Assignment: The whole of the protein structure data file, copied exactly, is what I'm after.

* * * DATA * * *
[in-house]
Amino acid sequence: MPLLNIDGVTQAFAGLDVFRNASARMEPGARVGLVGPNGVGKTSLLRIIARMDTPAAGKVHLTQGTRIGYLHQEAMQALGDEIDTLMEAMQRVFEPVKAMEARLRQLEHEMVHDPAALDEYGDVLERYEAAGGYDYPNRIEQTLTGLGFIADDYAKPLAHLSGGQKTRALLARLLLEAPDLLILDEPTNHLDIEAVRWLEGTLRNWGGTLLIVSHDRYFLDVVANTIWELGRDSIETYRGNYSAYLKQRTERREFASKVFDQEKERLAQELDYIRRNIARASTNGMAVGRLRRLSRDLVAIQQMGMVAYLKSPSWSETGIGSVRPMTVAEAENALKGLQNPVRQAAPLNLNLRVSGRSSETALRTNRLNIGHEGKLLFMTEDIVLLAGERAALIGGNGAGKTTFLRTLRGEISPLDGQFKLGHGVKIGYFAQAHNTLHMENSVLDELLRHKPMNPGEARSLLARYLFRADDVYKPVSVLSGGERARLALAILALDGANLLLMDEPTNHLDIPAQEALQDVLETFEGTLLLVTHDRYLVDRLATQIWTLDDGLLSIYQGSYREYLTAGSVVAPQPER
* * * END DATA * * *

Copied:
[in-house]
Amino acid sequence: MPLLNIDGVTQAFAGLDVFRNASARMEPGARVGLVGPNGVGKTSLLRIIARMDTPAAGKVHLTQGTRIGYLHQEAMQALGDEIDTLMEAMQRVFEPVKAMEARLRQLEHEMVHDPAALDEYGDVLERYEAAGGYDYPNRIEQTLTGLGFIADDYAKPLAHLSGGQKTRALLARLLLEAPDLLILDEPTNHLDIEAVRWLEGTLRNWGGTLLIVSHDRYFLDVVANTIWELGRDSIETYRGNYSAYLKQRTERREFASKVFDQEKERLAQELDYIRRNIARASTNGMAVGRLRRLSRDLVAIQQMGMVAYLKSPSWSETGIGSVRPMTVAEAENALKGLQNPVRQAAPLNLNLRVSGRSSETALRTNRLNIGHEGKLLFMTEDIVLLAGERAALIGGNGAGKTTFLRTLRGEISPLDGQFKLGHGVKIGYFAQAHNTLHMENSVLDELLRHKPMNPGEARSLLARYLFRADDVYKPVSVLSGGERARLALAILALDGANLLLMDEPTNHLDIPAQEALQDVLETFEGTLLLVTHDRYLVDRLATQIWTLDDGLLSIYQGSYREYLTAGSVVAPQPER